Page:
Moorea, Oponohu Bay
It is New Years Day on the Marquesas Island of Nuku Hiva in French Polynesia and if the air gets any thicker with humidity I will vanish and turn into a sweaty cloud. While I struggle to keep the beads of perspiration from building on my forehead, the local dancers seem totally at ease in the heat. The women are beautiful and the men have tattoos that tell long stories of their bloodlines. There are only a hand full of dancers, but their energy radiates like visible heat waves through the open-air arena while the drumming reverberates up into the mountains like thunder rolling in from a distant storm.
The older and more colorfully dressed woman sit crossed legged in a half circle while the younger woman, adorned only with palm leaves, weave their way into the sacred space. Their hand gestures are as intricate as the flowers in their hair are delicate. The woman portraying young virgins sway their hips fast- fast then slow- slow to the rapidly changing beat of the drum. It is beautiful. Their actions are perfectly choreographed and their twirling hand movements are as intriguing as the foreign song they are singing. They are luring the young men.
The chief initiates a change in mood by clapping his hands on his muscular upper thighs in an offbeat rhythm, a sign for the young men to enter the scene.
“ Ai ma’ruru pa haka oi, he chikata!” the young men chant as they perform an intimidating warrior dance. Contrary to the peaceful dance routine of the women, the adolescent men jump about and flex their muscular bodies in ways that are suppler than the bend of a swaying palm tree.
Nuku Hiva dancers
The ceremony ends with a drum solo loud enough to burst the clouds and to bring down a refreshing patter of afternoon rain. I cant think of a better place where I can initiate my new resolutions and step out from under cover into the downpour, the large island rain drops not only washing away the old year, but also making me feel very alive.
We traveled for forty solid hours to get here. The jetlag after such a long trip changes your perception on both distance and time significantly. It can make you do strange things and often you end up with a warped sense of consciousness. After skipping across twelve time zones, I thought nothing of it when I found myself walking really long distances. I walked eighty odd kilometers in five days, trekking through scenes and views that often had me saying out loud “ This is a dream.” To have wandered along the footpaths of seven very different islands is very much a dream come true. Some of the islands have mountains that cast a mystical presence, soaring above the ocean, like majestic gods forged in stone. The Tuamotu Islands on the other hand are flat. They are atolls that are completely surrounded by lagoons, large enough to fool your horizontal view.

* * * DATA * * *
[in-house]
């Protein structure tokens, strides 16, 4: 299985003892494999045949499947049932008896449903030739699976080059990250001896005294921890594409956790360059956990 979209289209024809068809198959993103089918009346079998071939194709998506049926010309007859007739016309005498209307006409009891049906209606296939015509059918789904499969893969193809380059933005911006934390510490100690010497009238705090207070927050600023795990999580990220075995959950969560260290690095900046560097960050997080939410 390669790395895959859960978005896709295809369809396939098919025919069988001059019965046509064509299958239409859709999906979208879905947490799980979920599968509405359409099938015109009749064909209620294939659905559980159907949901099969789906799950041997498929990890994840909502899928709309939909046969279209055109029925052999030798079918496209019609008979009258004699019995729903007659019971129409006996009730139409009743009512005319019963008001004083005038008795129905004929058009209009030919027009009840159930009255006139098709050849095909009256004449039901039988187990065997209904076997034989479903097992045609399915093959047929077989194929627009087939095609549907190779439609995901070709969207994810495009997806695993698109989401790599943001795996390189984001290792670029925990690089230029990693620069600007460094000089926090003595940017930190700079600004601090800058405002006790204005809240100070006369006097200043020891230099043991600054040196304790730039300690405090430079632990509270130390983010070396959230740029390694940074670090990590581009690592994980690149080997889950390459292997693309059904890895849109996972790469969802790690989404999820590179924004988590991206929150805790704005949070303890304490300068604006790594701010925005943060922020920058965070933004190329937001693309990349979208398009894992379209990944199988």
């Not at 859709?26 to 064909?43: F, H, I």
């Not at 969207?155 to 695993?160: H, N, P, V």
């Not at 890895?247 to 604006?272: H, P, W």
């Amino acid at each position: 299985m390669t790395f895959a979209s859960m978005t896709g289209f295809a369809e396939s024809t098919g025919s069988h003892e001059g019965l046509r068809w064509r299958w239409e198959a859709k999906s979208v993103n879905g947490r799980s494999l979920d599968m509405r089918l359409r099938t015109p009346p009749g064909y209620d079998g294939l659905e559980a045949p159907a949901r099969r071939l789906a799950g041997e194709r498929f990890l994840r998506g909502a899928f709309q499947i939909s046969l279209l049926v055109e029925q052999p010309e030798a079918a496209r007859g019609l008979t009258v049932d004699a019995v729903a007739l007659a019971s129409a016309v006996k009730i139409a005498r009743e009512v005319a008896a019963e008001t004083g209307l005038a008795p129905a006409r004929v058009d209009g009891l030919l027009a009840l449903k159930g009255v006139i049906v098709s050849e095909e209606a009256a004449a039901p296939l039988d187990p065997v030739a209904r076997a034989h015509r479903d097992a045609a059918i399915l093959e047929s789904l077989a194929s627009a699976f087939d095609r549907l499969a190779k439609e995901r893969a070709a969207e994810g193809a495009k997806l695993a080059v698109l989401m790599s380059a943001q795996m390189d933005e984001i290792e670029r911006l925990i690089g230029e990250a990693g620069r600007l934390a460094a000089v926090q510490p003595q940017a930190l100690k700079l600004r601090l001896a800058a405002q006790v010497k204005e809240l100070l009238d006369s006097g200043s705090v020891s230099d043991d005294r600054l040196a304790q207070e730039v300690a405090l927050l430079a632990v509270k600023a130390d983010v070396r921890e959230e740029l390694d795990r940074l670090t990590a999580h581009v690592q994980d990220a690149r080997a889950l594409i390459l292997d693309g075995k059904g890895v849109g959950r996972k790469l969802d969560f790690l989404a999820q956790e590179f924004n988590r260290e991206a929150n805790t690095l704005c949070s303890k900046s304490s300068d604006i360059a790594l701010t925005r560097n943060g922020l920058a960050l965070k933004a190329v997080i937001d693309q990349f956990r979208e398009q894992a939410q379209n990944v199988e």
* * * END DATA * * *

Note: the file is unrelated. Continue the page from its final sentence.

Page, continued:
Bora Bora view from Nunue Bay
Lagoons around Raiatea
And then there is Huahine. Although it is just a tiny dot on a map it takes up many gigabytes in my mind. In no other place have I had my imagination run as wild as here. There is just something incredibly beautiful about perfect empty waves.
When I saw the first one break over the outer reef I caught myself staring with my mouth open. When the second of the set reeled over the shallow waters I fumbled and stuttered looking for my surfboard that should be under my arm already. When the third one exploded gently and spat the pressure from the hollow chamber I almost start crying. Not because its so beautiful, but because I don’t have a surfboard with me. “Bru!!!” Its in situations like these that I start berating myself out loud. “ How can you not have a board with you?” “Are you special or just stupid?” Not too long though and the usual steps of acceptance come into play and soon I am on that wave, pulling into every barrel. I surf that empty lineup not only for myself, but also for all my mates. At least I am a really good mind surfer.
Empty Huahine perfection
I can’t keep out of the water. Like a big wet blue magnet the water pulls me in and doesn’t let go for hours at end. In the shadows of the mountains of both Moorea and Bora Bora I swim with black tip reef sharks, completely zoned out on their awesomeness. I even got to swim with a squealing pig in Rangiroa. I can’t help but wonder what would happen of the two had to meet.
Moorea Black Tips
There is such a thing as the most beautiful place in the world; you just have to travel through other most beautiful places to get there. Here at the edge of the planet life has a different rhythm, the kind of rhythm I would like to get my heart to beat to. If for some reason I ever disappear there is one of two places where you would find me. The first would be in some mountain range around Cape Town. The second of course, would be in that barrel on Huahine. Good luck trying to find me.